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Yahoo Lays Off 600; Free Beers and Jobs Flow 164

Posted by kdawson
from the yodeling-all-the-way-to-the-bank dept.
CWmike writes "Yahoo confirmed on Tuesday that it has laid off 600 people, following news reports often based on Twitter messages from employees who had been let go. The layoffs amount to about 4 percent of the company's global workforce, Yahoo said. The company said affected workers are receiving severance packages and outplacement services. Laid-off workers may find some comfort on Twitter, where they are receiving an outpouring of goodwill. One San Francisco brewery is offering a free beer to people from Yahoo who show their termination letters. People with companies including Aprendi Learning, Tucows.com, DirecTV, Combine Couture, OMGPOP.com, and Uptake.com all posted Twitter messages expressing interest in hiring former Yahoo employees. The site Quora is hosting a thread for companies in the San Francisco area interested in hiring laid-off Yahoo workers. So far, there are 14 posts about jobs with companies including Yammer, Mozilla, and Cloudera."
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Yahoo Lays Off 600; Free Beers and Jobs Flow

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  • by reset_button (903303) on Wednesday December 15, 2010 @09:23AM (#34559612)
    Looks like Yahoo! also fired their exclamation point? If only...
  • by Anonymous Coward on Wednesday December 15, 2010 @09:24AM (#34559618)

    What sorts of jobs were lost?

    Were these people programmers, graphics designers, server administrators, network administrators, network technicians and others who actually produce something of value?

    Or were these people involved with "marketing", "project management" and other ill-defined positions that usually just suck resources away from those getting real work done?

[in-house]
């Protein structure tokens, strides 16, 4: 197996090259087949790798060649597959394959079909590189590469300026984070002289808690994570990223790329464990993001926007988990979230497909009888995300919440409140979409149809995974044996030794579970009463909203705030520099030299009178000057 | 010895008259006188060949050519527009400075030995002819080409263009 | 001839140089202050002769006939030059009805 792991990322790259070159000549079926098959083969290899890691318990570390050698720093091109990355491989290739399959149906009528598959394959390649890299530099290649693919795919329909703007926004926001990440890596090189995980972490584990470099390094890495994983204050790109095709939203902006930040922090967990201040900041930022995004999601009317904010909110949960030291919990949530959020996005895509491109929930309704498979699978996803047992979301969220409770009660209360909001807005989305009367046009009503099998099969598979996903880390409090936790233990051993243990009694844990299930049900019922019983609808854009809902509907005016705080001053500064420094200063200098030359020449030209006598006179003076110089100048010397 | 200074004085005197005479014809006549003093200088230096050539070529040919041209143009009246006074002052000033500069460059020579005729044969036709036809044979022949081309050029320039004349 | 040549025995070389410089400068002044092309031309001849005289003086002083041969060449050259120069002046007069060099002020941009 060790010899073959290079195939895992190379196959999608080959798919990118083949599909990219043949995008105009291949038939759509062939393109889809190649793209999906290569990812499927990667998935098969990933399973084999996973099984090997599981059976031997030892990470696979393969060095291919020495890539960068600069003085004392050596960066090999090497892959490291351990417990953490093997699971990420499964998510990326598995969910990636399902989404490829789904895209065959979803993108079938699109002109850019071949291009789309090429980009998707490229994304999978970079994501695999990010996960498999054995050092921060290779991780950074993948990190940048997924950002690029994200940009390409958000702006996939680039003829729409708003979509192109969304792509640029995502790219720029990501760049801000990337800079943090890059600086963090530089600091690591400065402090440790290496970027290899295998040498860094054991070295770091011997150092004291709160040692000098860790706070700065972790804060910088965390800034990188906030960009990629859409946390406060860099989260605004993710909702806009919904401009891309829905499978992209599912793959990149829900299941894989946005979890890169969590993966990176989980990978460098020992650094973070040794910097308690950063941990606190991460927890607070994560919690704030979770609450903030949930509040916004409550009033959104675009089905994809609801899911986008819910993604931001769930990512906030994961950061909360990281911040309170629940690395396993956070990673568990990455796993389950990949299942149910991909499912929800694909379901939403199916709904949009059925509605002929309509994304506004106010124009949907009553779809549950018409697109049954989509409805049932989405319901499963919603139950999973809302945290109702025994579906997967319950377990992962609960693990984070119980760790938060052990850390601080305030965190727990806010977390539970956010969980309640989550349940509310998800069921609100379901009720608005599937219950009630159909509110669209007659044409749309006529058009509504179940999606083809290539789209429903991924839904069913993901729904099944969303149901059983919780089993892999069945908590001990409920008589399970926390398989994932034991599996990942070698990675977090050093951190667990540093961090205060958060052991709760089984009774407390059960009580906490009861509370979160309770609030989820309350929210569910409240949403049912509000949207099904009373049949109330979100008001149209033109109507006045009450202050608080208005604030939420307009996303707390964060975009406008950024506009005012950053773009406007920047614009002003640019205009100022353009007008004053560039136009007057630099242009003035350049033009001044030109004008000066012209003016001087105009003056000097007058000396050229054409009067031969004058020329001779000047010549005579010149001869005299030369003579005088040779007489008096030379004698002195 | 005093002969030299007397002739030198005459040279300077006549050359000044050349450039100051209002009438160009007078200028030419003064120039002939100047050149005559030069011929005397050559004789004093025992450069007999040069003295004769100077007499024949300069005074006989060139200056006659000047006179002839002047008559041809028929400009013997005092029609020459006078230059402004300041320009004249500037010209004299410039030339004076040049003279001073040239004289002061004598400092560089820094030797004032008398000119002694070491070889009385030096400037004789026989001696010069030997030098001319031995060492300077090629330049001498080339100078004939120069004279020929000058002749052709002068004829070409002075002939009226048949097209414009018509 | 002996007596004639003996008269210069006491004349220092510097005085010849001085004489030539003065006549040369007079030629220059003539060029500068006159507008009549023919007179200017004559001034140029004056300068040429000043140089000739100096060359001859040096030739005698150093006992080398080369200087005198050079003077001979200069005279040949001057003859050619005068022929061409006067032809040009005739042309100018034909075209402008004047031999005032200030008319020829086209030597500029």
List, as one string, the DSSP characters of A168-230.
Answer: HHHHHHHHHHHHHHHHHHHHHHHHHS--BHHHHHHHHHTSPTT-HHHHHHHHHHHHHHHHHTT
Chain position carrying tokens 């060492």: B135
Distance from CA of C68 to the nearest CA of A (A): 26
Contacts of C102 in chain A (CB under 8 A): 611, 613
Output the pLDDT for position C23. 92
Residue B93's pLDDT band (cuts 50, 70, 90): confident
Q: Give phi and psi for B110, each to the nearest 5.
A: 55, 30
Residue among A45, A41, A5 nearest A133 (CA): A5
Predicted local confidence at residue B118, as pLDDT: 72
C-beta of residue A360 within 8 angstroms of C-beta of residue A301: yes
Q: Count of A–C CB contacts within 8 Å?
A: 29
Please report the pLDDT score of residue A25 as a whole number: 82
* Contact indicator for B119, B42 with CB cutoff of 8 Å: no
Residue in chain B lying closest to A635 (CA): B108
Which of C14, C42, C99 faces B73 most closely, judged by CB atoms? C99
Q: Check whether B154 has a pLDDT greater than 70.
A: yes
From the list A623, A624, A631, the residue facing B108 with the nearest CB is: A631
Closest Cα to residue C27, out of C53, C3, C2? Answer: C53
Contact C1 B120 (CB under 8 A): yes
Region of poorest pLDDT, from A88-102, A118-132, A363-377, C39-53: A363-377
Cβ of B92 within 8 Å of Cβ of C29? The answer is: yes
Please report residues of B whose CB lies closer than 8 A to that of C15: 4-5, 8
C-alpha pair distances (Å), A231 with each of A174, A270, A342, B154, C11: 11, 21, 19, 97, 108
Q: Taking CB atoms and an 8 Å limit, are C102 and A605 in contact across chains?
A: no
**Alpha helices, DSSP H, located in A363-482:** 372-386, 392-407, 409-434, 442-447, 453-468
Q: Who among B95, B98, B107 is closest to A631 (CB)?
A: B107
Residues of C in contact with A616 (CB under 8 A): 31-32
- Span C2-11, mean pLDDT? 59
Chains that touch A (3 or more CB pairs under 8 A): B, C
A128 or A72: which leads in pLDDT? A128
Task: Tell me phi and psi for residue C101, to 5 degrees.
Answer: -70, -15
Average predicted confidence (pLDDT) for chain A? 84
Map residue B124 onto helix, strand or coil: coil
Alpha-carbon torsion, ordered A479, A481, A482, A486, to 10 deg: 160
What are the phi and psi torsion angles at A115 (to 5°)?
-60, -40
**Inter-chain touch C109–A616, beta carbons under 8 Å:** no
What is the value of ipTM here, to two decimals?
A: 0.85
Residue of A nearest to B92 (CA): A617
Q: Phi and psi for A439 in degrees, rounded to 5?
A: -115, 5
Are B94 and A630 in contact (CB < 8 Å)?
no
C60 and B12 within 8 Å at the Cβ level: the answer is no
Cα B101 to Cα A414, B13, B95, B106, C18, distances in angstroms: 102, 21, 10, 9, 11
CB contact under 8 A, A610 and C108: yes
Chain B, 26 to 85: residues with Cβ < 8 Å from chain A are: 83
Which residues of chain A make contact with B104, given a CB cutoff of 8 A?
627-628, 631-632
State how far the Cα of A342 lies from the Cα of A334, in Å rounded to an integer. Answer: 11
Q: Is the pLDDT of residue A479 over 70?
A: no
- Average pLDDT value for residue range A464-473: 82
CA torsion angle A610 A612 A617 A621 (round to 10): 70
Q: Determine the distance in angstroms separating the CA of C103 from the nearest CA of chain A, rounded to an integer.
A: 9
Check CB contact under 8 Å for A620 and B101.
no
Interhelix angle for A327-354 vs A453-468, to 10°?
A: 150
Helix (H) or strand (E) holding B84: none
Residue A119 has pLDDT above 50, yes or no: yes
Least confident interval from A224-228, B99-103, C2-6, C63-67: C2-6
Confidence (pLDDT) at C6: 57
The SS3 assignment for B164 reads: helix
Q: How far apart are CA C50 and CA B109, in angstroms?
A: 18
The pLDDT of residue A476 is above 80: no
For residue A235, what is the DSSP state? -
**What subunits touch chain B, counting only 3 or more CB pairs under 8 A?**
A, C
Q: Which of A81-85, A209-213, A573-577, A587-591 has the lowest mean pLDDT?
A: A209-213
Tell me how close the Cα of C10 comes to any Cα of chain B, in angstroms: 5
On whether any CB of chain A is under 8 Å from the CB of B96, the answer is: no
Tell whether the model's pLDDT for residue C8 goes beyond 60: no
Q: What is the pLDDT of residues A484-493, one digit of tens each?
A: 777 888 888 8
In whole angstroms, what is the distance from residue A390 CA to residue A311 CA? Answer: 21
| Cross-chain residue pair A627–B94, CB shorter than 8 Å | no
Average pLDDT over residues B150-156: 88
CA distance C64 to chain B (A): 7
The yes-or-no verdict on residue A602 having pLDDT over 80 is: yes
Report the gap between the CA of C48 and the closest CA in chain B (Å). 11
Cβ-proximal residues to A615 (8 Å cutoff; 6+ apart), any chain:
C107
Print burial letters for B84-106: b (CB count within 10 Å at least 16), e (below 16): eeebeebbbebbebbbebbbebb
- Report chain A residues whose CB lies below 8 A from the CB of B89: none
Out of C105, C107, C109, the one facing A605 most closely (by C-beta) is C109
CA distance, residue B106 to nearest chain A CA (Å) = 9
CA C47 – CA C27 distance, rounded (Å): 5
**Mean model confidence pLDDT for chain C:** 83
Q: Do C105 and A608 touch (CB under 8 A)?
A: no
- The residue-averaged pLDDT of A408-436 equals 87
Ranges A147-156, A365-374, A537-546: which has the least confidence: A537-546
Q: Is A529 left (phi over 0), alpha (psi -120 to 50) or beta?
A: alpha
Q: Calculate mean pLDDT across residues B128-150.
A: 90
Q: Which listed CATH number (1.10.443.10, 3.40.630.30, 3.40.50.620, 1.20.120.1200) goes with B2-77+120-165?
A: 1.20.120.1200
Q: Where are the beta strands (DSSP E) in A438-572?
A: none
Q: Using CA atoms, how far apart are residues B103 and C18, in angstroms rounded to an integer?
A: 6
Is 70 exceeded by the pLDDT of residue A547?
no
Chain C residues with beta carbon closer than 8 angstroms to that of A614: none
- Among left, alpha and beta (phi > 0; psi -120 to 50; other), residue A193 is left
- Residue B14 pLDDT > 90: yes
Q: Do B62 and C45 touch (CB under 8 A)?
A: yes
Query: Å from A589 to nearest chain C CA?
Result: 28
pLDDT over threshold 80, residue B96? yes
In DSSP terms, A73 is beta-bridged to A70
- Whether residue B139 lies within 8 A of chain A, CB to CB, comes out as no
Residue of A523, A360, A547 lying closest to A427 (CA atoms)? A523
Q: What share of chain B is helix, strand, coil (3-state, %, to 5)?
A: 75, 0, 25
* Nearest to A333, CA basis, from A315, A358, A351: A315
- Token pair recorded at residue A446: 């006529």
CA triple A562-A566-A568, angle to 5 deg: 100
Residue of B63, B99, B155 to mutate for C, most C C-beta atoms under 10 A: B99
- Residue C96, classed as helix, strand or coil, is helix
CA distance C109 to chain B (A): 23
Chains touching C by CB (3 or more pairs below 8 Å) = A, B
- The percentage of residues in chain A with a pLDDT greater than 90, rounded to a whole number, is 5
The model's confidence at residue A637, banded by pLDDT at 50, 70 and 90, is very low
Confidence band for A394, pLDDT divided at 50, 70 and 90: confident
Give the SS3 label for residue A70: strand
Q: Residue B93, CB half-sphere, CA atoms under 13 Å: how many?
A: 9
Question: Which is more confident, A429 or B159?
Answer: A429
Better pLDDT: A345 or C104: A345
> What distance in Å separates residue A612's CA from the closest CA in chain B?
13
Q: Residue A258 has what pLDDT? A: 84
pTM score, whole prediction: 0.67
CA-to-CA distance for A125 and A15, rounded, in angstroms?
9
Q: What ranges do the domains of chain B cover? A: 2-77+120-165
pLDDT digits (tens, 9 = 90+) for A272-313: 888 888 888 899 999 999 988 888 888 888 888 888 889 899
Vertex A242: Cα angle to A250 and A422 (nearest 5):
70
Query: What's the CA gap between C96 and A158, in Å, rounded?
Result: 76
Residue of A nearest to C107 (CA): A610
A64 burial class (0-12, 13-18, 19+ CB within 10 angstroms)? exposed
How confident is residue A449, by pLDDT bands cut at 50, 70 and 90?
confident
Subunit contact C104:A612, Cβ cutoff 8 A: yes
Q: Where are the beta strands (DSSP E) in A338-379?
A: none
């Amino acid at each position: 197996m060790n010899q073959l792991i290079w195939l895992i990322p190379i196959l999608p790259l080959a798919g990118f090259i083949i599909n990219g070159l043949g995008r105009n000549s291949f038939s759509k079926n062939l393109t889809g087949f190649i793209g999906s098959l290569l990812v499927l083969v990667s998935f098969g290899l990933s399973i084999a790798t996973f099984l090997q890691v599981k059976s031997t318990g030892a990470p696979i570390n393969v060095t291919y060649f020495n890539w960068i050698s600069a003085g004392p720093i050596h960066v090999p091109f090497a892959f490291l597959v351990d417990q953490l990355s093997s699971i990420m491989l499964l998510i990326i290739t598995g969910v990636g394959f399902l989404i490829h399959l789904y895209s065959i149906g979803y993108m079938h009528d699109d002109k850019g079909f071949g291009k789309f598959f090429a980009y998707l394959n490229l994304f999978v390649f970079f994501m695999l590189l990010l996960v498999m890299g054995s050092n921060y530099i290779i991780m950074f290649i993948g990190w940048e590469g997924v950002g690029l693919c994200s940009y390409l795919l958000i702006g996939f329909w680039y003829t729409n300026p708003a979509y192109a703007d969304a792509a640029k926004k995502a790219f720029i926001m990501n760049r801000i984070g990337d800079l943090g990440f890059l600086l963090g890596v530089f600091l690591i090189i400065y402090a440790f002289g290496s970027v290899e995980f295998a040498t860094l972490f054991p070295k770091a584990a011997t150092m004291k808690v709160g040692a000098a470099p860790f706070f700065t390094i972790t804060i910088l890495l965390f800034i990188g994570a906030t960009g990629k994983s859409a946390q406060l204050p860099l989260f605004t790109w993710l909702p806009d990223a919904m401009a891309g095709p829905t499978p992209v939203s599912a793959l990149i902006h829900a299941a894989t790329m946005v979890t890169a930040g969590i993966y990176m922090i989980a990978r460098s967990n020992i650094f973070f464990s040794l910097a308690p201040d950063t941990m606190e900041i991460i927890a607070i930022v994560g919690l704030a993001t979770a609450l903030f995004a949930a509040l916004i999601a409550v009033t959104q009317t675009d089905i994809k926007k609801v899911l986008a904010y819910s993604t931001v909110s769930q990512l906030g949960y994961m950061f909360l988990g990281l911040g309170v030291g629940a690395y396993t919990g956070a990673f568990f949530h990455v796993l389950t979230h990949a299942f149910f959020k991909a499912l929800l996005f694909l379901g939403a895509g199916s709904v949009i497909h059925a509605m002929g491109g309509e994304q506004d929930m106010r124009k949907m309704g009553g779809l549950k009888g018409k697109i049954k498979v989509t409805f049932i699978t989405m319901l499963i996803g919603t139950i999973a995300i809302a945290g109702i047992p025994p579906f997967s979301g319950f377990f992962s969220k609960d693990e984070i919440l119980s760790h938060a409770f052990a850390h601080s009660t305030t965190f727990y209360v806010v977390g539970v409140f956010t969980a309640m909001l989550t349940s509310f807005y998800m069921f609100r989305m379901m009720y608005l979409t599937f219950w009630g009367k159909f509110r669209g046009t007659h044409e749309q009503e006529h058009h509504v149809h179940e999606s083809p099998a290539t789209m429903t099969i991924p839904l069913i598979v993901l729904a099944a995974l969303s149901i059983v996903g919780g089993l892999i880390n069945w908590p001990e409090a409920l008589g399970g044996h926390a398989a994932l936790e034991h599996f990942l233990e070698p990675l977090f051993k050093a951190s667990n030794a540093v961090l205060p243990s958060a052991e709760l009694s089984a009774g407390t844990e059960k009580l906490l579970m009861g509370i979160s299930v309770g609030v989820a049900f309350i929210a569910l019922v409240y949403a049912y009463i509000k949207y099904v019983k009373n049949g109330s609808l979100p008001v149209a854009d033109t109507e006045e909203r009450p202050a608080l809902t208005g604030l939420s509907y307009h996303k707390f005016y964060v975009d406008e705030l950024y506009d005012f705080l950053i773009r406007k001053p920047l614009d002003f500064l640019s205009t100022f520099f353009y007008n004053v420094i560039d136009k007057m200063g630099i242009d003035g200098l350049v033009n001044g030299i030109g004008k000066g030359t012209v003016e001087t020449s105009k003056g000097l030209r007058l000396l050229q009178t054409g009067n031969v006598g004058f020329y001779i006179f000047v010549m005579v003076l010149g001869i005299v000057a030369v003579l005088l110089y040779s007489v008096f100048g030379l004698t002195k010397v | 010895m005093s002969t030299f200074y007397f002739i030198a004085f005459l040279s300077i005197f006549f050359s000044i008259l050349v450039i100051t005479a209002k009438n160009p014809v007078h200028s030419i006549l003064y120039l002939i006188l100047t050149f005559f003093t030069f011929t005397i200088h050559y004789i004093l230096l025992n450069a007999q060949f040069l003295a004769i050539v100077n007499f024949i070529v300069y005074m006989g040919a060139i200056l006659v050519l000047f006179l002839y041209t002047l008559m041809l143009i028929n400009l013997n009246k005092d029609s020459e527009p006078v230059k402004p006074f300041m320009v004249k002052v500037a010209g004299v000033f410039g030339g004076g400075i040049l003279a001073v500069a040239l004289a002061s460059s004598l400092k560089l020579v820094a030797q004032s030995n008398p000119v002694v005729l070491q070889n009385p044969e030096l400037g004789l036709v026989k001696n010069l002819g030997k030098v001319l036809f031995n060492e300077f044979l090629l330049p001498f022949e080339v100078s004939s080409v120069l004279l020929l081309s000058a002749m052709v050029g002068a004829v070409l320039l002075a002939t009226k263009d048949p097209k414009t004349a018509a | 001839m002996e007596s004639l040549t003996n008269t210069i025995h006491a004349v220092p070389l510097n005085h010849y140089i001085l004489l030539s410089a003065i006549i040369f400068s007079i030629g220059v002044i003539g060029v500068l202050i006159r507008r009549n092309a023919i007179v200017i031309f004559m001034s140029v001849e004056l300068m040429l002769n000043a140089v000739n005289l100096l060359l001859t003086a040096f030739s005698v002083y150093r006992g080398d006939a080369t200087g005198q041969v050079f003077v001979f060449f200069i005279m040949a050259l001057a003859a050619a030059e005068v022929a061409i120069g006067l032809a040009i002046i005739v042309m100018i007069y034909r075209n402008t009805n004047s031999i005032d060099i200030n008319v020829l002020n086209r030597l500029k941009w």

Since the 1970s, there has been a disappointing trend in American corporate culture whereby those who actually do productive work get laid off, while those who fluff around in meetings coming up with "strategy" or putting together "action plans" end up remaining employed the longest. Eventually the company goes under, since it is not actually producing anything of value. I sure hope Yahoo! hasn't gotten sucked into this horrible situation.

    • by chemicaldave (1776600) on Wednesday December 15, 2010 @09:38AM (#34559738)

      What sorts of jobs were lost?

      Were these people programmers, graphics designers, server administrators, network administrators, network technicians and others who actually produce something of value?

      Or were these people involved with "marketing", "project management" and other ill-defined positions that usually just suck resources away from those getting real work done?

      It's easy to dismiss those who don't have a direct impact in developing a project. You've obviously never worked with a good project manager. A good PM is vital to a development team when they do the right thing. And I wouldn't dismiss marketing people either. They might be loathed, but marketing works.

      • by am 2k (217885)

        You've obviously never worked with a good project manager.

        GP's statement being so popular says a lot about what kind of person usually works in such a position. In the end, it's not about what a project manager should do, it's what he/she actually does.

        • by drolli (522659)

          The funny thing is: Project leader/Manager is a fucking hard Job, if done right.

          a) balance the team internally: Stressful because balancing means stepping on somebodies toes.

          b) meet the deadline: stressful because driving the team is stepping on sombodies toes. missing the deadline despite of that mean that management steps on the own toes.

          c) Organize the transition between projects: either involves working twice as much for some time or being seen as a failure.

          Lets be realistic. Nobody wants to do that Job

      • by BVis (267028)

        They might be loathed, but marketing works.

        Then let them work with half as many employees as they need, like every other division in every company in America these days.

        Corporate profits are way up, yet there's no jobs. People are being forced to do the work of two or three, lest they be fired into an (artificially) terrible job market.

        • by sconeu (64226)

          Corporate profits are way up, yet there's no jobs. People are being forced to do the work of two or three

          The second sentence explains the first.

      • by Sycraft-fu (314770) on Wednesday December 15, 2010 @11:43AM (#34561252)